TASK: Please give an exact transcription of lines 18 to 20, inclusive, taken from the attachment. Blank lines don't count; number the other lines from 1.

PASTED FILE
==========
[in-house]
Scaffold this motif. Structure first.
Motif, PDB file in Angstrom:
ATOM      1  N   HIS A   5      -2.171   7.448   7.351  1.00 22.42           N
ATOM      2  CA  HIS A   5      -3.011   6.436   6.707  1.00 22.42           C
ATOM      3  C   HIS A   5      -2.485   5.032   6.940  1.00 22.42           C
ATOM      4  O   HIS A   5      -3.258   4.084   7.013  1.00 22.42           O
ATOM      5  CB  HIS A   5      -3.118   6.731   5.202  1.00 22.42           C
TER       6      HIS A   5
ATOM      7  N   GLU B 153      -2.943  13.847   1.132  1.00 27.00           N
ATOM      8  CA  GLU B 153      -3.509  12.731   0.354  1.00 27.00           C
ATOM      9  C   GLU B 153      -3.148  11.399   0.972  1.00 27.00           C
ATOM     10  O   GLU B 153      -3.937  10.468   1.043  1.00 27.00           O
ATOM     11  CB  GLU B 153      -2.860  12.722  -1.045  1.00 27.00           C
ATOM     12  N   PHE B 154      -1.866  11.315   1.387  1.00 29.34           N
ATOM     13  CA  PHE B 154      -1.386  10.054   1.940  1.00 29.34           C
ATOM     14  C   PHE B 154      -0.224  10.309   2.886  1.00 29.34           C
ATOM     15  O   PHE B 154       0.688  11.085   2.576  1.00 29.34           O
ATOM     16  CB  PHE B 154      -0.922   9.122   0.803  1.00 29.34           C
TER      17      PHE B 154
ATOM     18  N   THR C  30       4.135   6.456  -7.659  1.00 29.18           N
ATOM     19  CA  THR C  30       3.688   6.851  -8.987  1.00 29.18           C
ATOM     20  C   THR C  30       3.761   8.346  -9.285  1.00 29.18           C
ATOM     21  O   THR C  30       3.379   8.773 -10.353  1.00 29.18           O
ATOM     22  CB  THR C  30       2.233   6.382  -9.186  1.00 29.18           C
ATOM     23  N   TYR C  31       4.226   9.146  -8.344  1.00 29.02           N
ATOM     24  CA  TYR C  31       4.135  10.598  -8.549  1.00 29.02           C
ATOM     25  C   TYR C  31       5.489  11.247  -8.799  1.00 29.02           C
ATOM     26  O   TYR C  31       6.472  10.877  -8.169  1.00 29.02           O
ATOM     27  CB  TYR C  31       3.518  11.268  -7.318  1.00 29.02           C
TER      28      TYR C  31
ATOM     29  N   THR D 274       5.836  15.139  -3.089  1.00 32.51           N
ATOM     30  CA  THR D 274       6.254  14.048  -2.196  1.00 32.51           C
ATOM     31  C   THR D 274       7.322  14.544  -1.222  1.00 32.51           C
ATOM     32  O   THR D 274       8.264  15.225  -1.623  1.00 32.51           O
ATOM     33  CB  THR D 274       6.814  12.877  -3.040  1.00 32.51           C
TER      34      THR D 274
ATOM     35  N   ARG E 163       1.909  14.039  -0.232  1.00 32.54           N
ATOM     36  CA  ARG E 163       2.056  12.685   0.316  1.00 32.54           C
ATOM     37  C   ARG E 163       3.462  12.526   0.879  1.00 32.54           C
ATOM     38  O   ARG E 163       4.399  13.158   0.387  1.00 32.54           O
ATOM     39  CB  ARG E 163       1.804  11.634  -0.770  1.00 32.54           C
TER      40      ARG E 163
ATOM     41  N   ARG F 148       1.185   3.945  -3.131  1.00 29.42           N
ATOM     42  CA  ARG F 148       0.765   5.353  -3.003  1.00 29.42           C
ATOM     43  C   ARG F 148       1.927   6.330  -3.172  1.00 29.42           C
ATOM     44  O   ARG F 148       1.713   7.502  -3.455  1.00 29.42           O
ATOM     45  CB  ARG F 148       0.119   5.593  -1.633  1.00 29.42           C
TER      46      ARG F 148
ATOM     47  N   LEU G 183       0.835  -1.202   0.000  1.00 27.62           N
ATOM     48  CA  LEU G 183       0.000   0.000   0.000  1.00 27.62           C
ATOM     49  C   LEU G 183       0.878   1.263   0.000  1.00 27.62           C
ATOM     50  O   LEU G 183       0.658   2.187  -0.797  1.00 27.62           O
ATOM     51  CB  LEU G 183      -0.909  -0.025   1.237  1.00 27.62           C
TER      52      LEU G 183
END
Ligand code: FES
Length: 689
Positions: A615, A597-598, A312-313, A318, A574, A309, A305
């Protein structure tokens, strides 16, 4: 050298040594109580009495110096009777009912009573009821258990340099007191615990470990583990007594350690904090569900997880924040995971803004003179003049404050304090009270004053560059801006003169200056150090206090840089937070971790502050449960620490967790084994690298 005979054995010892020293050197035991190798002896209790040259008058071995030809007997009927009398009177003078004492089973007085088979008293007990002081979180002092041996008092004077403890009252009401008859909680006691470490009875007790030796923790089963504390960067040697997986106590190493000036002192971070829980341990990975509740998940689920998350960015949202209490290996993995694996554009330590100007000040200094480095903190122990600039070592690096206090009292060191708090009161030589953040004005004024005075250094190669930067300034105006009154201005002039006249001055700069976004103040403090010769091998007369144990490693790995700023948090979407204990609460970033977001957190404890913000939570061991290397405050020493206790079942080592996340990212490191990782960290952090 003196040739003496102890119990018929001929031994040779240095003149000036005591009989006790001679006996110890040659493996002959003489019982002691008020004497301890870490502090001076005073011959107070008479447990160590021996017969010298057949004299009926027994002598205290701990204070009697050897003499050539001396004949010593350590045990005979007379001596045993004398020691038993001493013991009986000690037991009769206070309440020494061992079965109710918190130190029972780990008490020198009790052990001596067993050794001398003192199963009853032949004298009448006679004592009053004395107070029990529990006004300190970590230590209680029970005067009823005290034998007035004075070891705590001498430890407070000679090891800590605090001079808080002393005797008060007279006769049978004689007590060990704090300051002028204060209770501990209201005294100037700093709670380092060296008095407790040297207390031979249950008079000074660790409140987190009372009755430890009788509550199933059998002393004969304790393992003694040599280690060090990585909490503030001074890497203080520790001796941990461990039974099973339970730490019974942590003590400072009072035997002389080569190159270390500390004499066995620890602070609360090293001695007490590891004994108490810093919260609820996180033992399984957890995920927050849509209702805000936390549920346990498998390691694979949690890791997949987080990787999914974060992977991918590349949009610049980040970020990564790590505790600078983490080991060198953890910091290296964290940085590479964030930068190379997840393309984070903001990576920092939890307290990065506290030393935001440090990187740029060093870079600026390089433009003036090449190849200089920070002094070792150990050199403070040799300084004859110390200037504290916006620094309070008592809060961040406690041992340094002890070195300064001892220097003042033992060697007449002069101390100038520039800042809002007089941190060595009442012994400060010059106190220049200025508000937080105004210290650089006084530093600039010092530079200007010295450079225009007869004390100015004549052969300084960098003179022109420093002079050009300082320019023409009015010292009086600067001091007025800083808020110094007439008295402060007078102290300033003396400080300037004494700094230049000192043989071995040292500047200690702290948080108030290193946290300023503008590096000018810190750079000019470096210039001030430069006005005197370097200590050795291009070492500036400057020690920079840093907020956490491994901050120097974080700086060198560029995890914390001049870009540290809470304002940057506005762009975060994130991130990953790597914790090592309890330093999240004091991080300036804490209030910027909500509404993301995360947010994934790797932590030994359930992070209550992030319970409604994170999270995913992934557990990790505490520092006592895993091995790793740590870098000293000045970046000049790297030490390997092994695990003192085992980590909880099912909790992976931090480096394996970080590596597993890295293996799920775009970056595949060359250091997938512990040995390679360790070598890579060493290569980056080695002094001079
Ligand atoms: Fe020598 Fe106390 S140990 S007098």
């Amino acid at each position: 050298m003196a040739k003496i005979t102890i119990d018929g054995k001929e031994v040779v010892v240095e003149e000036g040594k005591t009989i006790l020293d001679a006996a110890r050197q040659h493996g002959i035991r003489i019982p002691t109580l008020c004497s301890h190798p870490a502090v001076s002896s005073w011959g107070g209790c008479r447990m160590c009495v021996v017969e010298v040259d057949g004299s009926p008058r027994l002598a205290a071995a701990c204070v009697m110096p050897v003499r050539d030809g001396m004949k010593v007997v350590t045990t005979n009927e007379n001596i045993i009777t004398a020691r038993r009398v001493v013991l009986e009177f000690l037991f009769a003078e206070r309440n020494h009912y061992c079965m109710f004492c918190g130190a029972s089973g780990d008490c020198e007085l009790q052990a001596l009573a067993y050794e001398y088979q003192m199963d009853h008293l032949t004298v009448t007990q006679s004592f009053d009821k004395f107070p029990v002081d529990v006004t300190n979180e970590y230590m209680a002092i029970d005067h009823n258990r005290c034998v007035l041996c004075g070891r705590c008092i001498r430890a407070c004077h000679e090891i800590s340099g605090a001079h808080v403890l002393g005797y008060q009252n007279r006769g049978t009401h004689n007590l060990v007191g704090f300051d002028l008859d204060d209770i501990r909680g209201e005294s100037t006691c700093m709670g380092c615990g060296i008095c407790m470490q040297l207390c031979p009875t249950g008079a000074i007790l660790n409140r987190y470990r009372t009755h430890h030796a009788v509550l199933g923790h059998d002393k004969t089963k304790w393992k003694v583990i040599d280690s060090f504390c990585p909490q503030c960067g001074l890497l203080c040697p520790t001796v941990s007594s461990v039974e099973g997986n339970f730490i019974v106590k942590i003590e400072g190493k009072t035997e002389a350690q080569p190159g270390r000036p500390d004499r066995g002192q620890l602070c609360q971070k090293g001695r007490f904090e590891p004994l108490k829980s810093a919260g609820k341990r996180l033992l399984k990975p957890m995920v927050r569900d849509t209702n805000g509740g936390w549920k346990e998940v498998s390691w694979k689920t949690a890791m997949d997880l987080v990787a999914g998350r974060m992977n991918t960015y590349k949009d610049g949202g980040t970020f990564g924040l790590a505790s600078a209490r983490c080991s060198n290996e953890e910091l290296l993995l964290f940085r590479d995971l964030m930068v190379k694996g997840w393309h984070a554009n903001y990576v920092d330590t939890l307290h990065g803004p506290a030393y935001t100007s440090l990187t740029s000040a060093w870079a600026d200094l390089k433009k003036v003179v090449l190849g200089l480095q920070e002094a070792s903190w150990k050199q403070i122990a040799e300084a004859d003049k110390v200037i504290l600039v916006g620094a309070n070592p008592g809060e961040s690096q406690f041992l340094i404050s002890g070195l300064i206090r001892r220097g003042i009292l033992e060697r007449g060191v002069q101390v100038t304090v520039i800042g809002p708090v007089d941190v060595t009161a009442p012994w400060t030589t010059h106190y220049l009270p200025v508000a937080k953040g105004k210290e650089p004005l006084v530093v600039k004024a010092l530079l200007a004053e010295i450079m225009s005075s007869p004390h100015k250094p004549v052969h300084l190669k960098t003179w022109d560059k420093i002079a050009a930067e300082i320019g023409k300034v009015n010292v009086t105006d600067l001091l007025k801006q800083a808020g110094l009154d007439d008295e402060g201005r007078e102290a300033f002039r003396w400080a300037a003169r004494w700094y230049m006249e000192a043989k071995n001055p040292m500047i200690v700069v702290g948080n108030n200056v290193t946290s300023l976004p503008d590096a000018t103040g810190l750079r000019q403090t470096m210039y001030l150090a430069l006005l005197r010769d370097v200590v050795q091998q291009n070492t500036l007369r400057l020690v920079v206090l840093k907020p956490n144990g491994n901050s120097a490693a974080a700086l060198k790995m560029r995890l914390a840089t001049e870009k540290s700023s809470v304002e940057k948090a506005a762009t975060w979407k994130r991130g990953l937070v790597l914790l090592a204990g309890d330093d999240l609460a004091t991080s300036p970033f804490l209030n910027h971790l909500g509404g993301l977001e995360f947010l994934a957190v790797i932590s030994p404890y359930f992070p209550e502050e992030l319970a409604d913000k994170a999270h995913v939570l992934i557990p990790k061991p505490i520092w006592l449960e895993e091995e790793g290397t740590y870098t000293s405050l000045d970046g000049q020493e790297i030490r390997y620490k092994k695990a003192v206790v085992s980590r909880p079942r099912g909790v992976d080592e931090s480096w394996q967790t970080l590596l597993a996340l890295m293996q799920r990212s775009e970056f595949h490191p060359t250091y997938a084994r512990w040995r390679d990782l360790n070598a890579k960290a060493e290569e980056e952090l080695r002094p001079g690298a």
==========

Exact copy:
ATOM     15  O   PHE B 154       0.688  11.085   2.576  1.00 29.34           O
ATOM     16  CB  PHE B 154      -0.922   9.122   0.803  1.00 29.34           C
TER      17      PHE B 154